Trauma, including PTSD
(single and multiple incidents)
Post-Traumatic Stress Disorder is a common reaction to an event that a person witnessed or experienced that involves actual or threatened death or serious injury. The event could be a natural disaster, combat, a car accident, or a violent personal assault such as rape. While most people recover, some will remain anxious and depressed for months or even years after the event. People with post-traumatic stress disorder will have many of the following symptoms.
1. Re-experiencing the trauma through intrusive distressing recollection of the event with flashbacks and nightmares. In children this can be expressed in repetitive play where themes of the trauma are expressed. This can include:
· Feeling or acting as if the event were reoccurring, including a sense of reliving the experience.
· Intense distress when exposed to the cues that symbolize or resemble an aspect of the traumatic event, for example smelling smoke if the traumatic event was a fire, or driving if it was an automobile accident
2. Emotional numbness and avoidance of people, places and activities that are reminders of the trauma including:
· An effort to avoid thoughts, feelings and conversations associated with the trauma.
· Inability to recall important aspects of the trauma.
· Less interest and participation in significant activities.
· Feeling detached or estranged from others.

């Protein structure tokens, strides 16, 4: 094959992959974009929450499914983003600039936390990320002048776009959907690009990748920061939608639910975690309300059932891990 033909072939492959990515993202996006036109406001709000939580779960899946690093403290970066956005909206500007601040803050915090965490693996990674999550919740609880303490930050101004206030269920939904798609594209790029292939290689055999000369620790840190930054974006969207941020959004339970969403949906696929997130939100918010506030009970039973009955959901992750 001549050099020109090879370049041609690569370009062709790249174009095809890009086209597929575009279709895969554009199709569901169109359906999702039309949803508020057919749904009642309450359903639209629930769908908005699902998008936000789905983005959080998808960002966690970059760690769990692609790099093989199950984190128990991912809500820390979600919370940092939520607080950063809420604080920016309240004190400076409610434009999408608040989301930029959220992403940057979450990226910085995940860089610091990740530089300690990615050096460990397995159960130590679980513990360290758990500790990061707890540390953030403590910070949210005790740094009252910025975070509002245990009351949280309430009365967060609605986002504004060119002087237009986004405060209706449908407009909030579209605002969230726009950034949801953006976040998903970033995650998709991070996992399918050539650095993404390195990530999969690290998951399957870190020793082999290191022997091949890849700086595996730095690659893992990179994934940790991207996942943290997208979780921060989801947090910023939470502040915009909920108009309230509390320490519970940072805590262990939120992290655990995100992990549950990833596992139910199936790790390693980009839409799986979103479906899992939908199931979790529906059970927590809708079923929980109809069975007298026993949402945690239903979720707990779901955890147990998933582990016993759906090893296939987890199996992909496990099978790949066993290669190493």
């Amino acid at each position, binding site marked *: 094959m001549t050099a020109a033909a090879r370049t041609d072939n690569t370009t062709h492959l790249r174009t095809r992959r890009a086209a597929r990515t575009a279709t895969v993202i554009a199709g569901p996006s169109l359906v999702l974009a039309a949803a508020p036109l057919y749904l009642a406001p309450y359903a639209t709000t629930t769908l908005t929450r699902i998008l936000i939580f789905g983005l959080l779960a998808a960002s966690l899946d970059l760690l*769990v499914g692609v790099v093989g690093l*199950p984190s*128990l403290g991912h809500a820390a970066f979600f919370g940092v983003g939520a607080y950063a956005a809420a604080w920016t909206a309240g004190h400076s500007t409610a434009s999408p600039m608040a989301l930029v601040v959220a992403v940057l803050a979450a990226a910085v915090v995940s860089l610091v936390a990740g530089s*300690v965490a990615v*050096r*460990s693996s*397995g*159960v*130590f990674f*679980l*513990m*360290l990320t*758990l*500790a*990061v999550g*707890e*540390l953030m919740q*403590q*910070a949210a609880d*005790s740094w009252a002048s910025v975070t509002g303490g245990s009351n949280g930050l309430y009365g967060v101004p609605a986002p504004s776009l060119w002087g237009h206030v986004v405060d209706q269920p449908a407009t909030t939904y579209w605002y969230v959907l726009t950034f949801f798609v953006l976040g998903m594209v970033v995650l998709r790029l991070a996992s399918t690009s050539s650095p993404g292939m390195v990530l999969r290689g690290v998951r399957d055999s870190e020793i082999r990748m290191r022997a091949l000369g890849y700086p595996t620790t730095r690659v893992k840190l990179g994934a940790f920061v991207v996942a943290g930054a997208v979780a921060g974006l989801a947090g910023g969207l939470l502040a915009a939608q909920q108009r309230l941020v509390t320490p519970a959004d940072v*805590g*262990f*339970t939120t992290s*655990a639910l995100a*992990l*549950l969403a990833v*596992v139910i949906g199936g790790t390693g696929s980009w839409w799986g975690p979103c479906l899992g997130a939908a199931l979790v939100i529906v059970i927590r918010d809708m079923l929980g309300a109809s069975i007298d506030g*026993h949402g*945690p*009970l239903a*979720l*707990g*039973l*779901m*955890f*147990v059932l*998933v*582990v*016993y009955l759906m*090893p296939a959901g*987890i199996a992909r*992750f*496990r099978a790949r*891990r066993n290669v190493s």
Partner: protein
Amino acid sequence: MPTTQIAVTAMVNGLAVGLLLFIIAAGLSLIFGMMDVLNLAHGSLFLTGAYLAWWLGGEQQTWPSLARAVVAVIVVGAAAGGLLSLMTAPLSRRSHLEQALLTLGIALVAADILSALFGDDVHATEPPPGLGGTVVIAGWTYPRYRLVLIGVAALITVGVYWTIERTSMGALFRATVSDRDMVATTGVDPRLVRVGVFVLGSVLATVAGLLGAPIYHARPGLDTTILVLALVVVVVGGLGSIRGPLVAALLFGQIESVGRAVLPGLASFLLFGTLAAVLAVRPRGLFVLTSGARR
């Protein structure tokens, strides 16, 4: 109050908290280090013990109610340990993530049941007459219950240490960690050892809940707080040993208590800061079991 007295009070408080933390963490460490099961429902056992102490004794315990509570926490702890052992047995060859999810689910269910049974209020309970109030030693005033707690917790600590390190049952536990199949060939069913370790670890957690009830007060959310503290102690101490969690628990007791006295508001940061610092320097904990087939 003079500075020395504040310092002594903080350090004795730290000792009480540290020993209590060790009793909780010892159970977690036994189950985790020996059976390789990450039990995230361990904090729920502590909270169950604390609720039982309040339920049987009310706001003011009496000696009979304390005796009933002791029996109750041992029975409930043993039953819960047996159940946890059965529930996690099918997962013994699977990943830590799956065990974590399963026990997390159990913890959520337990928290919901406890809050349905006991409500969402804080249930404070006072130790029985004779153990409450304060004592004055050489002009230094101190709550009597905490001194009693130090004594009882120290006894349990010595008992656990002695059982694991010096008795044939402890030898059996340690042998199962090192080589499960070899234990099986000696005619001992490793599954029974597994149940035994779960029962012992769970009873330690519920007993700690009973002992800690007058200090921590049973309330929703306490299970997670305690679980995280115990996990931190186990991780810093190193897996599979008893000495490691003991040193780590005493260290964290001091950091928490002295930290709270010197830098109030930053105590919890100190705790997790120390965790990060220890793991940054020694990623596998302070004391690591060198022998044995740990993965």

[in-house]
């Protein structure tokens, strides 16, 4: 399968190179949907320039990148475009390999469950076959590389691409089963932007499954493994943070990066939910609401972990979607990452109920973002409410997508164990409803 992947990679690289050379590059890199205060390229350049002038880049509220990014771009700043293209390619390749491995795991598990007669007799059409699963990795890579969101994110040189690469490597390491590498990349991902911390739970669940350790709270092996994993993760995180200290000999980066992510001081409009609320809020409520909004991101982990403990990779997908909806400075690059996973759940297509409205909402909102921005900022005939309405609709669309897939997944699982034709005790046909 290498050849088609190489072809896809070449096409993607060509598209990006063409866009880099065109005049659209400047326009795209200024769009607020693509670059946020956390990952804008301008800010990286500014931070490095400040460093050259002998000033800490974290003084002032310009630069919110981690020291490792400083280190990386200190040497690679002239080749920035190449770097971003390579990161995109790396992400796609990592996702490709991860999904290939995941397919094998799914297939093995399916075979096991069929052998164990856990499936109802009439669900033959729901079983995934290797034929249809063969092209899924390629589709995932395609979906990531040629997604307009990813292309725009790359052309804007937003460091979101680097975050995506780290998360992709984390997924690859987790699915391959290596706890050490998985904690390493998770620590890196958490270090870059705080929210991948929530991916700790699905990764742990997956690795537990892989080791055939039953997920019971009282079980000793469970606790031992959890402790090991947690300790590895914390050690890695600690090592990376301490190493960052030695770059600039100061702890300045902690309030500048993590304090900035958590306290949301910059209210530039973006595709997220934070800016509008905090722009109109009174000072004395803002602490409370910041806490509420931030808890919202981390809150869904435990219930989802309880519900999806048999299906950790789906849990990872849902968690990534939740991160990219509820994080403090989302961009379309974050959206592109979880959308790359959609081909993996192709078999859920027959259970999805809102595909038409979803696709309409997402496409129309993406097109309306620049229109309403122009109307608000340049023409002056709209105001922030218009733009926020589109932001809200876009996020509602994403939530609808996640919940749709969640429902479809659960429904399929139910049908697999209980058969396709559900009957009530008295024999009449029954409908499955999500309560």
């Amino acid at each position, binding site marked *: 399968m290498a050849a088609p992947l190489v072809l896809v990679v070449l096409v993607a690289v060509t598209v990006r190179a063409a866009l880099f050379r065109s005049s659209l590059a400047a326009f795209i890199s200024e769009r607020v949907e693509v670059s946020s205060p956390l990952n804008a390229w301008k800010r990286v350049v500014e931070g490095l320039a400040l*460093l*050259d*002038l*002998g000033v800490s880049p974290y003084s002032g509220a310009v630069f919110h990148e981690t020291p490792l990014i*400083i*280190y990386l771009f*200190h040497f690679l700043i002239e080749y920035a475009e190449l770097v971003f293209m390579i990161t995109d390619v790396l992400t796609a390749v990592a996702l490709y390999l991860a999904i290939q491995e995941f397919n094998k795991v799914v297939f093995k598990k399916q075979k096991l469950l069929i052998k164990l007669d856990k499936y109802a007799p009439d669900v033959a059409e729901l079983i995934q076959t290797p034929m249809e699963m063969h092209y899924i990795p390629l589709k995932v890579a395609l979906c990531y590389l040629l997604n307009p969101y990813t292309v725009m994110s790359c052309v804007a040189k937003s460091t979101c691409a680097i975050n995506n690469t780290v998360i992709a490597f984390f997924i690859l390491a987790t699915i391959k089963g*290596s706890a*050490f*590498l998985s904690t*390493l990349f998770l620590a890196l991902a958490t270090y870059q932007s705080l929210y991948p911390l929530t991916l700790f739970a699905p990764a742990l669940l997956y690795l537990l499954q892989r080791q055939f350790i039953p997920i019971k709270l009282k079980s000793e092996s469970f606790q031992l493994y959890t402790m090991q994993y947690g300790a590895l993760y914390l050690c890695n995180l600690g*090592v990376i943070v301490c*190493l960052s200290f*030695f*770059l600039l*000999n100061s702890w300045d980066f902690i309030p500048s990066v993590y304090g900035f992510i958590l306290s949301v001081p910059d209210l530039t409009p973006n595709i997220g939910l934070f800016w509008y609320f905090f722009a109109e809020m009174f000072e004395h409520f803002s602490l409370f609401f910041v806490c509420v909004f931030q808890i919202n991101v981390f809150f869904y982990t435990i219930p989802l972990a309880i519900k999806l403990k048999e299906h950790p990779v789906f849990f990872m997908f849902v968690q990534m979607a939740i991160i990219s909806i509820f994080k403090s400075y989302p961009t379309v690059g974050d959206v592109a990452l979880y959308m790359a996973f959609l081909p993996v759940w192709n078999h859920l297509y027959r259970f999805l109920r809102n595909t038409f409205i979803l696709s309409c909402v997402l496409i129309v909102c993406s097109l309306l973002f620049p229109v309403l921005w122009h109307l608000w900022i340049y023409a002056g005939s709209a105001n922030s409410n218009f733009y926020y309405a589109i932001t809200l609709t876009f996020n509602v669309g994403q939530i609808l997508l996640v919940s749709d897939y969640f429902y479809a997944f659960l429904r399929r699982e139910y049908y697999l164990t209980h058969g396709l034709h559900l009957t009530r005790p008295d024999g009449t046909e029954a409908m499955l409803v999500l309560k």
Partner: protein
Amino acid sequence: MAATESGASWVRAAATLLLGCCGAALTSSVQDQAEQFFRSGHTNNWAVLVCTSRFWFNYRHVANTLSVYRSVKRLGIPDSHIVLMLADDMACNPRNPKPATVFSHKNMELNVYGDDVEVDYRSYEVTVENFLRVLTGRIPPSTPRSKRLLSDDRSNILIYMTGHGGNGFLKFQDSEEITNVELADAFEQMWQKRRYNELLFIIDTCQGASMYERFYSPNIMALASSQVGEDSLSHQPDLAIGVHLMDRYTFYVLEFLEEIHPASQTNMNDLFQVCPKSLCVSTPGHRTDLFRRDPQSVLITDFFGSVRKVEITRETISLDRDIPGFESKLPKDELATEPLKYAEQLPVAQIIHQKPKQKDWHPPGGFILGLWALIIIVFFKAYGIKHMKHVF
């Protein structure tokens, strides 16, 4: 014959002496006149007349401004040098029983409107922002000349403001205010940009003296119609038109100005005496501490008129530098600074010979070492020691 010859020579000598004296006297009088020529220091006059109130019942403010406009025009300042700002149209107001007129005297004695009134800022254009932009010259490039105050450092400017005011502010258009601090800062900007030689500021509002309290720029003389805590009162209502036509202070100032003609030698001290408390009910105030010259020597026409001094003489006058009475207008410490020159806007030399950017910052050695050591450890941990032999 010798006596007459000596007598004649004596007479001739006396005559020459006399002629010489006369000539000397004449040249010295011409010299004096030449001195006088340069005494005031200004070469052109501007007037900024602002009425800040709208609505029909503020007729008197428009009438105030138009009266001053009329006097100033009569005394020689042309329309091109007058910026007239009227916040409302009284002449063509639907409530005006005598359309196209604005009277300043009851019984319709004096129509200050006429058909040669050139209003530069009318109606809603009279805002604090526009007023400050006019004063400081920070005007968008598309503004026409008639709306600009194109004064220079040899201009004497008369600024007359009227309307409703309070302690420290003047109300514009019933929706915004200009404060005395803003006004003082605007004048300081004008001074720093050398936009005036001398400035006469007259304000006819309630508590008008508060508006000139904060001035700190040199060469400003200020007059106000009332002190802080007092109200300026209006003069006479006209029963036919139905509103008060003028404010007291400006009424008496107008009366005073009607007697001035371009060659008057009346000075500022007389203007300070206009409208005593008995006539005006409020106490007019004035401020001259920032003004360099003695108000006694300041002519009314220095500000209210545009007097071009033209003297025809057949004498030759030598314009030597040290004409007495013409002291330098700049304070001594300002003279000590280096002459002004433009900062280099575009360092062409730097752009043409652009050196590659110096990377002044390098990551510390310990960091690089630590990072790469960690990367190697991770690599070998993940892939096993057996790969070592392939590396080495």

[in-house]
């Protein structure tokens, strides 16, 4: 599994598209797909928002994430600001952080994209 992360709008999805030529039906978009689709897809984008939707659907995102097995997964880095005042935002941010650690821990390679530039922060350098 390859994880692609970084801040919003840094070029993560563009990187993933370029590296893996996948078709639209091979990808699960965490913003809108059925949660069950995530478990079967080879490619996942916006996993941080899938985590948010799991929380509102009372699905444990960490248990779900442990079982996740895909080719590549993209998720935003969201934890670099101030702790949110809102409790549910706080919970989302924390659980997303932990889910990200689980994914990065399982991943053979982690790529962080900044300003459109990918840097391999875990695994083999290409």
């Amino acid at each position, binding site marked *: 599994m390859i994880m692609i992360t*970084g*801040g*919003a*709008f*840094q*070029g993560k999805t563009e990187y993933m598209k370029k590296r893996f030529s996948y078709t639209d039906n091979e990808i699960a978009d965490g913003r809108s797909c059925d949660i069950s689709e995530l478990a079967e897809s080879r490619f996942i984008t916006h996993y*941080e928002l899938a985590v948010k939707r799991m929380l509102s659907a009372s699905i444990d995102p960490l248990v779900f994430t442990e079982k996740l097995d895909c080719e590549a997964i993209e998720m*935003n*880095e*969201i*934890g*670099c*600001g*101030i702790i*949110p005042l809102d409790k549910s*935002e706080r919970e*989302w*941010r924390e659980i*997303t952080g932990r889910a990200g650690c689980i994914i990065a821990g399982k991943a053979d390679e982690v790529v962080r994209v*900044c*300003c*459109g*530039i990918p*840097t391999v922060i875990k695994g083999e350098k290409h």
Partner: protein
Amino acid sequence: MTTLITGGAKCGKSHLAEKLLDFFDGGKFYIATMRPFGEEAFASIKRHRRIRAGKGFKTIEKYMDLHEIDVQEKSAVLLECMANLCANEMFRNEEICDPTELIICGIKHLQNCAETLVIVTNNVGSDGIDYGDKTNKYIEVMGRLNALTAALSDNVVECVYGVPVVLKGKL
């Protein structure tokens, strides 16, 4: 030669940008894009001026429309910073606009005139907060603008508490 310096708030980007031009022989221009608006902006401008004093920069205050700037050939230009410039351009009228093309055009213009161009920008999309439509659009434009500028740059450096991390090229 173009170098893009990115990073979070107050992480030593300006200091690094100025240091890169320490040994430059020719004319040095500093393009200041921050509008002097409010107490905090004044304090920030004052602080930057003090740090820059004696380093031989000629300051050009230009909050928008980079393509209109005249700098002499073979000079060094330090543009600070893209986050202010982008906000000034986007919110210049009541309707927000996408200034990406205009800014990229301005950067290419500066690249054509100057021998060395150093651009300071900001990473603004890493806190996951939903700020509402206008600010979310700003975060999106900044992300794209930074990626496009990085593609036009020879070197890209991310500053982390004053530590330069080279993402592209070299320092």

· Decreases range of emotions, for example difficulty having loving feelings.
· Difficulty imagining the future, for example having a career, marriage, children or living to old age.
3. Increased arousal such as:
· Difficulty falling or staying asleep.
· Irritability or outbursts of anger.
· Difficulty concentrating.
· Exaggerated startle response.
To meet criteria for post-traumatic stress disorder, the person must have symptoms that continue 4 weeks after the event, but sometimes symptoms will not appear for months or years after the event. Acute distress disorder has the same symptoms listed above, but only lasts from 2 days to 4 weeks after the event.
Trauma Focused Cognitive Behavioral Therapy (for children), and Cognitive Processing Therapy (for adults) are evidence-based treatments that can help clients heal from their wounds by developing healthier coping mechanisms to deal with painful memories. The goal of treatment is to help the client to store their traumatic memories in a way that is both more accurate, and more helpful so that they experience less intense and frequent negative symptoms.
SPR (Psychological Skills for Recovery) is a bried treatment model (about 5 sessions) that is helpful for those who have experienced a traumatic event (such as a natural disaster), and has also shown to be highly effective in working with first responders and veterans.